Well, it’s true that I, George Collins, could never understand what it’s like to be a woman raised in this country. I will never know what it’s like to be looked at continually, or judged for my appearances, to be thought of as something somewhat inferior that can’t do the same work, on and on and on. But what is absurd about the idea is that I, George Collins, can’t make the effort, the empathetic effort, to actually go and really try and understand the experience of the people very different from me.
And in understanding that, I’ve enriched myself, and I can actually create something, I can even write something that’s very interesting. That from my outside perspective, I could have some interesting insights and that by taking the effort to understand the experience of other people, I’ve not only enriched myself, but my work will be that much deeper.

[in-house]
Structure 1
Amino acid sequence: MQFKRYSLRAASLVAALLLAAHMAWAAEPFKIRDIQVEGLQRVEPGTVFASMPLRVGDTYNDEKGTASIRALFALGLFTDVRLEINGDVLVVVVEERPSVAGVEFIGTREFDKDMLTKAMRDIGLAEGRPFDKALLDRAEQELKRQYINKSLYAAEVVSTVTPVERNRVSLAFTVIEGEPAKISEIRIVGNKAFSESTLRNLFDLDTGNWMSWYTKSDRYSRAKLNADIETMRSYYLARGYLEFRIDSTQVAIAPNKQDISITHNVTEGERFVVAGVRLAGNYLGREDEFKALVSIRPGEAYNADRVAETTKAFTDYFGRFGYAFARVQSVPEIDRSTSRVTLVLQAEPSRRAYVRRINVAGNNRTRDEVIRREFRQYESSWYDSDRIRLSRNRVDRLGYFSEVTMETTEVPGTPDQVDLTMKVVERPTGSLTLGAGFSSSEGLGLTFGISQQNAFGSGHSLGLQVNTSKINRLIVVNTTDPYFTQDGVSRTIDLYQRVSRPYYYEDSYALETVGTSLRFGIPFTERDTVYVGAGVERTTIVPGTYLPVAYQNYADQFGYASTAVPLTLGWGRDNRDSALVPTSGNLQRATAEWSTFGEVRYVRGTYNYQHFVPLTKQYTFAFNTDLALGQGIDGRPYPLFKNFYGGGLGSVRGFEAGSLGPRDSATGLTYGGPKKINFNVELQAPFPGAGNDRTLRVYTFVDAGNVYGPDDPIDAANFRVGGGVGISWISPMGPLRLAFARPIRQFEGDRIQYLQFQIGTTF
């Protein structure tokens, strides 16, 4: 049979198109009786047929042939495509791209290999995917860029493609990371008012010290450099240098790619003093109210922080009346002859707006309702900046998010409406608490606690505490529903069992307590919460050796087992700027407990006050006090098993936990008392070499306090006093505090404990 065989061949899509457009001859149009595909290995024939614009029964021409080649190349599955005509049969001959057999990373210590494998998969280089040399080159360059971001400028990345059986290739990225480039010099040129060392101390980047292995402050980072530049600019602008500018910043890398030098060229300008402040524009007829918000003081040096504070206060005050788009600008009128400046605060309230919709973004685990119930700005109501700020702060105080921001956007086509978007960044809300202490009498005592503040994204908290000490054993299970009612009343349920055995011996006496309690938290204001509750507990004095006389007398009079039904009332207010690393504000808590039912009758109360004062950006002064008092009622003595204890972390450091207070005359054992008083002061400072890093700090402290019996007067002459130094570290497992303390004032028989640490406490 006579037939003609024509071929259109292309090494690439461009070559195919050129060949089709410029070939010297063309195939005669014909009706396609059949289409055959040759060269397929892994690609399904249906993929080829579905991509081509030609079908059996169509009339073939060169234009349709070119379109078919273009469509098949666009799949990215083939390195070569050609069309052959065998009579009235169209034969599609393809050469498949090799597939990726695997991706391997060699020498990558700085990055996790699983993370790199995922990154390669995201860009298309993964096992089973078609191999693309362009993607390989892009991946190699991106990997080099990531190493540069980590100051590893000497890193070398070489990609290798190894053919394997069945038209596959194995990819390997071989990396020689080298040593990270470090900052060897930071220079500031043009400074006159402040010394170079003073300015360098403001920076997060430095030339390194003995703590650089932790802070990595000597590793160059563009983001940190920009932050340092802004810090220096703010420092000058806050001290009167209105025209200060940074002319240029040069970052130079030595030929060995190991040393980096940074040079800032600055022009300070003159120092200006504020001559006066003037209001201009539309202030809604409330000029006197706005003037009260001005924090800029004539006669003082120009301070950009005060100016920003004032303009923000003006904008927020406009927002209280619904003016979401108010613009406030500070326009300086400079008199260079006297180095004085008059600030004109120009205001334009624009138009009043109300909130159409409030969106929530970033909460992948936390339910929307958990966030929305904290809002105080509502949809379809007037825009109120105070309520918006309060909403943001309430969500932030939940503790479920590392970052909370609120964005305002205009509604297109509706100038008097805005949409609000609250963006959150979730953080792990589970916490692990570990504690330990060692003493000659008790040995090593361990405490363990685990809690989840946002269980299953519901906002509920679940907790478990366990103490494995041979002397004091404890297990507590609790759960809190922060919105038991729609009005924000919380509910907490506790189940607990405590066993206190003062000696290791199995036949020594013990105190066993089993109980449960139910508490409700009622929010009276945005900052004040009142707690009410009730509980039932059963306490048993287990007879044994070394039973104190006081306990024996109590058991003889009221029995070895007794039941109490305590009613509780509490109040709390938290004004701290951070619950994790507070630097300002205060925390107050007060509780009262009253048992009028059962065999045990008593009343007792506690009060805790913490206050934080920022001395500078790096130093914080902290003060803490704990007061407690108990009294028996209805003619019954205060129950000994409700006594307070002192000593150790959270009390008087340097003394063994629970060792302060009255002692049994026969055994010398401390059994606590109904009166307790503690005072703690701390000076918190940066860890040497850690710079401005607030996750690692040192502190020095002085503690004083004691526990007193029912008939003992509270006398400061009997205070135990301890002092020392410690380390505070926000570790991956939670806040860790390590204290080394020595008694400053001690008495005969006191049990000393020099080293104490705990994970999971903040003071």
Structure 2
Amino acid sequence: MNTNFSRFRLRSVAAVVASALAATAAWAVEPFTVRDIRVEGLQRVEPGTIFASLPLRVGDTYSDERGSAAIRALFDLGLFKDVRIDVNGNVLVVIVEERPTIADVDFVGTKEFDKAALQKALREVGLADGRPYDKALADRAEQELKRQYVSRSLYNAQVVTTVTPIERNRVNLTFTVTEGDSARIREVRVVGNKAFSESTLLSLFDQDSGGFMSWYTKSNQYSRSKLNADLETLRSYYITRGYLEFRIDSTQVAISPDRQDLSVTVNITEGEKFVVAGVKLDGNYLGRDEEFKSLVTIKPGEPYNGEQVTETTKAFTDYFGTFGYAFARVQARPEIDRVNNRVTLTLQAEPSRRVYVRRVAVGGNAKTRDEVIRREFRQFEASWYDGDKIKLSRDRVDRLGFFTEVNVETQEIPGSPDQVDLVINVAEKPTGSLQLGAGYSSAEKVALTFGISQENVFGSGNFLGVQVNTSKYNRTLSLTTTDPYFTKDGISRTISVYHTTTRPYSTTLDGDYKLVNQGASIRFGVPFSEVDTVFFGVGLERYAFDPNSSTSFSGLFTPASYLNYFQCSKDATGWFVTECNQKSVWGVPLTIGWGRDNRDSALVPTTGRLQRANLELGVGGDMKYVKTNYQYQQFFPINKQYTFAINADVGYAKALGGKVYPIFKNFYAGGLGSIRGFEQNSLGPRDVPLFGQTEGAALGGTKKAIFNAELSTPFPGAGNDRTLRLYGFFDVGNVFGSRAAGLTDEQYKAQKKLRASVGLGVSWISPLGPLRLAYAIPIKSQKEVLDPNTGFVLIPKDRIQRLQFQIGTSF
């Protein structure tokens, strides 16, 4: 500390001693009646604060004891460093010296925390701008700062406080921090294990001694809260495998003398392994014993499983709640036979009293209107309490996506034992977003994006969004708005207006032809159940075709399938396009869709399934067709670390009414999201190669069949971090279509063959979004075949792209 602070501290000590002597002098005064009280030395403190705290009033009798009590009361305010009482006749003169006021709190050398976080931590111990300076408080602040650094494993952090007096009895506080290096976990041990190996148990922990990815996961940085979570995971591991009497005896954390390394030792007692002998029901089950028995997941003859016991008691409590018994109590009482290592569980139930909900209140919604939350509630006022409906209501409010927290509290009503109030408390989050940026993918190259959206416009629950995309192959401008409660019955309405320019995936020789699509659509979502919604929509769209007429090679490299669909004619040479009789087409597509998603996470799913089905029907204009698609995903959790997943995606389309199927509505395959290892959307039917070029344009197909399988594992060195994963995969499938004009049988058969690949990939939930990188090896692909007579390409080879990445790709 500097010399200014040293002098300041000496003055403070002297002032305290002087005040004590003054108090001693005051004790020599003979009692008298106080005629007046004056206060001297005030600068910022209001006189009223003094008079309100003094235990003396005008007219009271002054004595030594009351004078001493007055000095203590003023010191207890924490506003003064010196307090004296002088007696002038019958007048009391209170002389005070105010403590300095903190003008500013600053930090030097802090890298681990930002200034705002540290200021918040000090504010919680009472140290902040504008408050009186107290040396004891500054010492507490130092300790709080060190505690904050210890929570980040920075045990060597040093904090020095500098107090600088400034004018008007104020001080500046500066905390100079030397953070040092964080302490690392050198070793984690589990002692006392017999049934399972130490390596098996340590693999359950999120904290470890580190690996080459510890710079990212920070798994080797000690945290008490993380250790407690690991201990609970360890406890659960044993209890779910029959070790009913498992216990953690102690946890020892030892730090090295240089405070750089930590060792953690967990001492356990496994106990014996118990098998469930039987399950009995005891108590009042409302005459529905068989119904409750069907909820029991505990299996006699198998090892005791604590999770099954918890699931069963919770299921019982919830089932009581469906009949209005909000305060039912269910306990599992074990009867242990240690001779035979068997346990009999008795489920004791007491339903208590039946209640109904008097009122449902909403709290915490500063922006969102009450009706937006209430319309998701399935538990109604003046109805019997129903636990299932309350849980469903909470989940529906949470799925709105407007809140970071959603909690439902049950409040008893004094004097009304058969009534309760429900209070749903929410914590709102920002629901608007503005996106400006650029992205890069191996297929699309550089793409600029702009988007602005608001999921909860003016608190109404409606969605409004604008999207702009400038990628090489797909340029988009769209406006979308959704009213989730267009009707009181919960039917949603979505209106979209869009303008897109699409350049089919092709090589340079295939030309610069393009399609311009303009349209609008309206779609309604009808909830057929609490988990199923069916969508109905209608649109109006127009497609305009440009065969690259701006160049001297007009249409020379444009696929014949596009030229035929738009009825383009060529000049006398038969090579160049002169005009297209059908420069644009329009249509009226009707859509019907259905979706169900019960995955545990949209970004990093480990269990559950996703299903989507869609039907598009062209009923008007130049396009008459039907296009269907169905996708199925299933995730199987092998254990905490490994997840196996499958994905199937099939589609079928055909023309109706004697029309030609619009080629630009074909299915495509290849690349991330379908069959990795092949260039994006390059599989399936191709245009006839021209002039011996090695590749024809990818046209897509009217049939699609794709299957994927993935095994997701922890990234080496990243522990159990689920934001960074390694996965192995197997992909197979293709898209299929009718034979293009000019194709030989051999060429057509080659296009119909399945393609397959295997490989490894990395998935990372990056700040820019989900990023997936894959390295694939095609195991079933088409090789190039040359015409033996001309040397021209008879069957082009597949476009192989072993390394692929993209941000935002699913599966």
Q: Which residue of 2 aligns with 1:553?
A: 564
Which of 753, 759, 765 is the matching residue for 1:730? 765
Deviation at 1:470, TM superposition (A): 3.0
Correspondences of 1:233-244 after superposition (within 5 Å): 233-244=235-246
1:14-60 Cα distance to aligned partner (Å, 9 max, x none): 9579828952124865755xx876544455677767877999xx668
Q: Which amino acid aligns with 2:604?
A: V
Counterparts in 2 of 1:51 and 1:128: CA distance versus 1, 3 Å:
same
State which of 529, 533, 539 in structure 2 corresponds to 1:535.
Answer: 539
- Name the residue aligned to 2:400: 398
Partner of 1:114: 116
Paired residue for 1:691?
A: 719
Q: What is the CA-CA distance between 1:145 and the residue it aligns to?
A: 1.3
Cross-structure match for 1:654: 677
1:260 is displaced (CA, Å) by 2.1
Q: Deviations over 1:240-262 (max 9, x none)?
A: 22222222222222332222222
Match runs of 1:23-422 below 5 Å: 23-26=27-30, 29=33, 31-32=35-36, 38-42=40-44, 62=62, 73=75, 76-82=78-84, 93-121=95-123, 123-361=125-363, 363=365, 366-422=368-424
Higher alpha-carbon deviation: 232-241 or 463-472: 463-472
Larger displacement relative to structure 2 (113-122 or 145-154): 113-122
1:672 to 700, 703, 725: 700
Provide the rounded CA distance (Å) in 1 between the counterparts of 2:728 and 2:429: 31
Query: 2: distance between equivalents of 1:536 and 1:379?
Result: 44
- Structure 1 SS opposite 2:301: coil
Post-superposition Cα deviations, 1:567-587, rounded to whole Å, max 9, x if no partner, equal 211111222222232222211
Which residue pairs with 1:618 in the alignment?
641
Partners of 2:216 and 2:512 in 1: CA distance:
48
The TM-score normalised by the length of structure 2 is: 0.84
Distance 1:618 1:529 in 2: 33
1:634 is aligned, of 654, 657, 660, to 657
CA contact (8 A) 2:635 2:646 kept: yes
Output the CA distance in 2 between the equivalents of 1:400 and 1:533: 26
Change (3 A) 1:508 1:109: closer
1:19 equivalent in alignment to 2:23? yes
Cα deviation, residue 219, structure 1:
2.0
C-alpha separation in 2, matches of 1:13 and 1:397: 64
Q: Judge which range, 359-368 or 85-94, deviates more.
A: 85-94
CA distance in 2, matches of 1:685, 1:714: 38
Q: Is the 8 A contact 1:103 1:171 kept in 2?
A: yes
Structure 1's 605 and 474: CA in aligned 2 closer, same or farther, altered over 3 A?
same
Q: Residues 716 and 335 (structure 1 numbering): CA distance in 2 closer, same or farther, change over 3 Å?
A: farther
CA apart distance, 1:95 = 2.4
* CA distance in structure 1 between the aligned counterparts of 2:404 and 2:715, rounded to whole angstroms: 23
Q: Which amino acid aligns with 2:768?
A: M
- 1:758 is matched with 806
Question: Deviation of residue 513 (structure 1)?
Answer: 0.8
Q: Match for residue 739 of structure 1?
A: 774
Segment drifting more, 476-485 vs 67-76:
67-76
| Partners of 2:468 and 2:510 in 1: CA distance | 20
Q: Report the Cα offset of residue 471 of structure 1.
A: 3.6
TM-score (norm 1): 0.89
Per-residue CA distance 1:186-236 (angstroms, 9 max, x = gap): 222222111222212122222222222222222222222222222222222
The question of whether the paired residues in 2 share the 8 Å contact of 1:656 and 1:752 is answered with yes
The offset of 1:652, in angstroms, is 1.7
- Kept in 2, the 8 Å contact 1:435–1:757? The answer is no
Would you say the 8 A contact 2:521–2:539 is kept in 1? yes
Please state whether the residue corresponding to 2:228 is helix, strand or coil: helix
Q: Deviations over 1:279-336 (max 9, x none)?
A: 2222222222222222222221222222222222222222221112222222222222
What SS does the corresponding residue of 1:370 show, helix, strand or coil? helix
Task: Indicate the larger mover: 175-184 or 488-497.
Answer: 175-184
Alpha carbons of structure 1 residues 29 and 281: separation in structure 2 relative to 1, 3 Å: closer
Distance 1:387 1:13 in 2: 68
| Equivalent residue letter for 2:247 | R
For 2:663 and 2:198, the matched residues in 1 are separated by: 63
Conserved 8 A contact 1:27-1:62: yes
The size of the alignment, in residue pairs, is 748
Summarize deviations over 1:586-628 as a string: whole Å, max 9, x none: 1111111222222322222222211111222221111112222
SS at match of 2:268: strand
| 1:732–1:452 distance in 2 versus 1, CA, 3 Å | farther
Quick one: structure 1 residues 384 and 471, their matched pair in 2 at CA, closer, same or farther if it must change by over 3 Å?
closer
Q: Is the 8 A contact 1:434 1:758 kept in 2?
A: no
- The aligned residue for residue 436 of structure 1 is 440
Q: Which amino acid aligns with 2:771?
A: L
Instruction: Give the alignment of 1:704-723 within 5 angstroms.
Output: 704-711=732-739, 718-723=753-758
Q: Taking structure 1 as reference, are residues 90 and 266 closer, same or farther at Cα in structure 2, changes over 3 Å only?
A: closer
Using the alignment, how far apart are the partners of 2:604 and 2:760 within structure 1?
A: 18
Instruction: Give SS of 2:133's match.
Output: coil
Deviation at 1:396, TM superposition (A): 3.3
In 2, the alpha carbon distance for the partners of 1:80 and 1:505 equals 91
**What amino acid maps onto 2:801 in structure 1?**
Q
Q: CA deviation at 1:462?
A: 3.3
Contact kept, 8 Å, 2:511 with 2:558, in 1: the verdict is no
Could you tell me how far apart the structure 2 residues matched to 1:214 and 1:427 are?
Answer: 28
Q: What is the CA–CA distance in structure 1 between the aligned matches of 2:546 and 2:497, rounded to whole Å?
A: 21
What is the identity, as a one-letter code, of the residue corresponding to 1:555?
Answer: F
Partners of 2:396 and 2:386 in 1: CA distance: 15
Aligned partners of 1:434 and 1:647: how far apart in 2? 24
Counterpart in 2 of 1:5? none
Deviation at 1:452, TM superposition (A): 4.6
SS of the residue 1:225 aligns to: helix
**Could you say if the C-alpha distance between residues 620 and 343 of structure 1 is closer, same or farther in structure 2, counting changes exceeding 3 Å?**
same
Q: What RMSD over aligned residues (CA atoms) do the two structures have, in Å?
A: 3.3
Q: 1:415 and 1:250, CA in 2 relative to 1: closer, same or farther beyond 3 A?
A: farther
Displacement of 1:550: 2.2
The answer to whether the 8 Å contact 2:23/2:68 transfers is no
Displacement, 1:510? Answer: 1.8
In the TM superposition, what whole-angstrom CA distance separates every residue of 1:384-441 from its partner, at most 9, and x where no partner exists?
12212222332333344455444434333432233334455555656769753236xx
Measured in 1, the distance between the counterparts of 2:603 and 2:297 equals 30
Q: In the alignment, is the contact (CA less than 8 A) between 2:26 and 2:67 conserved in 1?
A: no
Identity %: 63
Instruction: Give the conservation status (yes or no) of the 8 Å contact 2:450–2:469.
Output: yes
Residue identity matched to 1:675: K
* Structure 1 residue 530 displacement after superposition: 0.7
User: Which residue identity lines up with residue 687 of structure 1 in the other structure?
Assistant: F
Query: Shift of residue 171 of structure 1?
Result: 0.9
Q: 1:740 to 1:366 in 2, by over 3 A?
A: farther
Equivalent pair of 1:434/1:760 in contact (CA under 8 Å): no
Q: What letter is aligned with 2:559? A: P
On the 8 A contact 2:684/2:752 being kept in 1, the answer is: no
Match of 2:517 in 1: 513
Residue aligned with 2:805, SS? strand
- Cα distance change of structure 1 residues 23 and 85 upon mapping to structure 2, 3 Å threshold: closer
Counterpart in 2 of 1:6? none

So, whenever I try and write a story about someone in my blog—obviously they come from different cultures, different periods, different genders, different races—my whole goal is to try and feel what it’s like to have been them. I know I can’t get close enough. I know that there’s going to be some things that are somewhat inaccurate about it. But why shouldn’t that be the ideal that we have in culture? Why shouldn’t that be a good thing to actually try and understand as deeply as possible the experience of other people? And why does it have to be labeled as some sort of cultural appropriation or some form hidden oppression when in fact it has always been the ideal in culture, for instance, to sort of get inside the experience of other people? I think that’s a question worth examining.